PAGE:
Pained memories of the Bar Admission Course are something of a bond for many lawyers in Ontario. After three monk-like years at law school (not to mention the undergraduate and graduate degrees that many individuals had already completed), and the indignities of articling, the bar ad's tortuous mix of classes, seminars, and exams seemed like cruel and unusual punishment.
That era is about to end, as the Law Society of Upper Canada closes the book on the traditional BAC program in all its many permutations over the last 30 years. It's being replaced with a five-week program that will combine skills practice (legal writing and research), independent study and two, seven-hour, multiple-choice exams.
When I went through, in the early 1980s, 13 exams were crammed into six months — it felt more like boot camp than an education. But the experience did give me something valuable: a hands-on, practical knowledge of the law and its application, which, up to that point, had been lacking. Law school provided the theory, and the law firm a taste of the culture and insanely hard work that being a lawyer often entails. But it wasn't really until I got to the bar ads that I developed a secure sense of how it all fit together.
And that, according to some of the long-time BAC lecturers (whose services will no longer be required when the course switches to its new format next May), has been a common experience for many bar ad students. Especially since the advent of online education and research, many candidates have become even more distanced from the experience of learning the most practical aspects of law from lawyers who are primarily practitioners, not teachers.
"All these kids now are in silos and [the new system] is going to perpetuate that silo mentality," said Harry Herskowitz, a commercial real estate practitioner and partner with DelZotto Zorzi in Toronto, who has taught the BAC for more than 20 years.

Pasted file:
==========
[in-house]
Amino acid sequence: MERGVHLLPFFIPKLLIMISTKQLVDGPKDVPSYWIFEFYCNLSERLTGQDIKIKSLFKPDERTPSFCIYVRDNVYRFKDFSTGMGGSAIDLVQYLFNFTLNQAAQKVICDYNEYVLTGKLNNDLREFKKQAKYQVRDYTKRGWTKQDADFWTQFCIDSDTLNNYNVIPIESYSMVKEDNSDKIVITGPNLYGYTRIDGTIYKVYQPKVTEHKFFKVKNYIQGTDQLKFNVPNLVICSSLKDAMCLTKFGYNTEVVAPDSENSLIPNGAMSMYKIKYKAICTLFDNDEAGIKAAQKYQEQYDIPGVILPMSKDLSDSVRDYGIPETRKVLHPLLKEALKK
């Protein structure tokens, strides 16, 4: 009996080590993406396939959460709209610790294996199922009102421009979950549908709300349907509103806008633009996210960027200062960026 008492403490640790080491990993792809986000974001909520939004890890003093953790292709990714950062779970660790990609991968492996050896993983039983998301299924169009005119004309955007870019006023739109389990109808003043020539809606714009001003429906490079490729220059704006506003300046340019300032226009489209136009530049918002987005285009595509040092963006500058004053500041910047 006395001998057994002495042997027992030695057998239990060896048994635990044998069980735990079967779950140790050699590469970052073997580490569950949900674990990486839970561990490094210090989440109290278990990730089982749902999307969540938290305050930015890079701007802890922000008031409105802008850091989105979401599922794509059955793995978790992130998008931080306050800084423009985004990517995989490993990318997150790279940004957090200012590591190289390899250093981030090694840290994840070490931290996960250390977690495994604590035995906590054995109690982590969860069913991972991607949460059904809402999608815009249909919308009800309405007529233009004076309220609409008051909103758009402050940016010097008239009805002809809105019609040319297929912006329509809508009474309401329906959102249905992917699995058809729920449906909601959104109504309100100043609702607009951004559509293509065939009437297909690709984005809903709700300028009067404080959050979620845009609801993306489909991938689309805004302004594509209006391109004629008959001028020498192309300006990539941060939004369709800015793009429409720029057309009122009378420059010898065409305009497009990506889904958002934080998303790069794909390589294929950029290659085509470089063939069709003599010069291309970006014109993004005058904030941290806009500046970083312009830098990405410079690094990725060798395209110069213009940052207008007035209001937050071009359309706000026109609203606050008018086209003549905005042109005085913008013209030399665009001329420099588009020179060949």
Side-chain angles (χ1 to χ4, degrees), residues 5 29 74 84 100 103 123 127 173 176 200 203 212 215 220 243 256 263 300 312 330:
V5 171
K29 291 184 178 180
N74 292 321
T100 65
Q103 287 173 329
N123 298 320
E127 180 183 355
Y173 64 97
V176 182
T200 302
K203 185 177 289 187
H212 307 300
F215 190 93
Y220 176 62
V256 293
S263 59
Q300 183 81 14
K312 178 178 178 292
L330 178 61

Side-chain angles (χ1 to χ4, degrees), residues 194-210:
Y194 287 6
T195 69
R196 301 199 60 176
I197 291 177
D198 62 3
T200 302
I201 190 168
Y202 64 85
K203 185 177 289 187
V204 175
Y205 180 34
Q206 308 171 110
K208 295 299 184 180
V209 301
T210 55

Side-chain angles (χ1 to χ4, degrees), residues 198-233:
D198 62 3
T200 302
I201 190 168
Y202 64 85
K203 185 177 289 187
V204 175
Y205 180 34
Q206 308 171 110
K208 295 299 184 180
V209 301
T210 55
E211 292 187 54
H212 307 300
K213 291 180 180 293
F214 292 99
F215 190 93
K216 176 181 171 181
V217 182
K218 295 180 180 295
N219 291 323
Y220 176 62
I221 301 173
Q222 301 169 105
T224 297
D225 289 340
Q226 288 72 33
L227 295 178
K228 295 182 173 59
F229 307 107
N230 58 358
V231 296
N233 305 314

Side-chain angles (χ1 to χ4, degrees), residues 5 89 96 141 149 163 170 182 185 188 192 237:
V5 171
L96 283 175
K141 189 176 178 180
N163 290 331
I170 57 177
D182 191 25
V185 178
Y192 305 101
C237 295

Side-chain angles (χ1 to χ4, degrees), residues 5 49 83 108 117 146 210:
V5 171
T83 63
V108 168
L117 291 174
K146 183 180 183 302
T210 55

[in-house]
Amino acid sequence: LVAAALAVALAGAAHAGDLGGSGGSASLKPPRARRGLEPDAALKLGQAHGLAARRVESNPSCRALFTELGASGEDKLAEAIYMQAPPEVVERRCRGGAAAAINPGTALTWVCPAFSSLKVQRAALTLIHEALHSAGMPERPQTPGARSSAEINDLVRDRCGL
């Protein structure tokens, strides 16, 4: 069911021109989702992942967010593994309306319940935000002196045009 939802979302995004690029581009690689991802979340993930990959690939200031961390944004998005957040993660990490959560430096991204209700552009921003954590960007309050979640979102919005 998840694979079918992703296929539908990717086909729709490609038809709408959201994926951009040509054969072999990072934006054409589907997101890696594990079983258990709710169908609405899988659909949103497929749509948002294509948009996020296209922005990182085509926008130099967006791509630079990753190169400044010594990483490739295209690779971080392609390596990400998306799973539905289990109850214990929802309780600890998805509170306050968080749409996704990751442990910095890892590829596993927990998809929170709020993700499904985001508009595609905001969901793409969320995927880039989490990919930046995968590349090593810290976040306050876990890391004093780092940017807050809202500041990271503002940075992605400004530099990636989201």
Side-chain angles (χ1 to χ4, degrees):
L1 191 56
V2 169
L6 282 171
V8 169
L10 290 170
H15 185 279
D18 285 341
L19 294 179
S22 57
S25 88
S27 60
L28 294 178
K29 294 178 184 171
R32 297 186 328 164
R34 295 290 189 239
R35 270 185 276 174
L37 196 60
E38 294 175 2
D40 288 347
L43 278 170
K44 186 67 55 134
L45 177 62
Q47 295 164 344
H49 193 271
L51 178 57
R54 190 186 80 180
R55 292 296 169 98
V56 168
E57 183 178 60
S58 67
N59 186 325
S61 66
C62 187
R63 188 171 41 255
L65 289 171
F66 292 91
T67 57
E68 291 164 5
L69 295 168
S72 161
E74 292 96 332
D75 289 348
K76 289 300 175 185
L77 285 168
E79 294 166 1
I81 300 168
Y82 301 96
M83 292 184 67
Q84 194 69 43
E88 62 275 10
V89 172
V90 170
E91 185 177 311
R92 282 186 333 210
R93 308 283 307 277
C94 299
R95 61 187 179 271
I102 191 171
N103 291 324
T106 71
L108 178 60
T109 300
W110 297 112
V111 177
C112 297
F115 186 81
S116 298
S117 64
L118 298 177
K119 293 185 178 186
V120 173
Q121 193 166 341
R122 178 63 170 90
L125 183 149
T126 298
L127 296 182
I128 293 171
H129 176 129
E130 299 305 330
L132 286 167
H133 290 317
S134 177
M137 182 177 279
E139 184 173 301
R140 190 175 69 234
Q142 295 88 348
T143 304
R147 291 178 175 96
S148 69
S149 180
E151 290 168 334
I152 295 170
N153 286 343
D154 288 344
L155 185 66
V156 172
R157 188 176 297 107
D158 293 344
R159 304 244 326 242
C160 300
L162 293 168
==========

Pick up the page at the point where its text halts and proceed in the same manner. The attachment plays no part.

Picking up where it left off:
Some may think he is merely bemoaning loss of the work, but Herskowitz says that is far from his point.
"When I look back at the first couple of years of my practice, I think, thank God I went to bar ad: it brought it all together. That was really it for me. You don't expect the people who go through it to want to go through it. I don't like going to the doctor for a vaccine but when you're out and everybody else who didn't get the shot got sick and you're not, you thank God that you went. And that's what the bar ad is, really."
Cutting out the classes and seminars, Herskowitz said, may well be a "real detriment to new lawyers." The materials alone are not enough to explain how many transactions and practices work in a real, live situation, he said.
"Going through practical examples of how legal theory applies in practice is of the utmost benefit to a young lawyer, and they won't get that."
The BAC was particularly crucial for students who did not have the benefit of good articles and helpful mentors, Herskowitz said. It helped fill that gap because it was taught by practitioners who could speak from their own experience.
"A lot of the law you get in law school is very theoretical. You may argue points back and forth in a case, but how do you go from A to Z on a file, how do you close a deal — you don't get that in law school. They don't teach you the nuts and bolts of law."
The BAC was crucial, he said, for melding the theory of law as taught in law school with the hands-on experience of being in a law firm and the practical aspects of being a lawyer. And future students may not even be aware of what they are missing by not having direct contact with a range of practising lawyers since the exams will merely reflect the written material.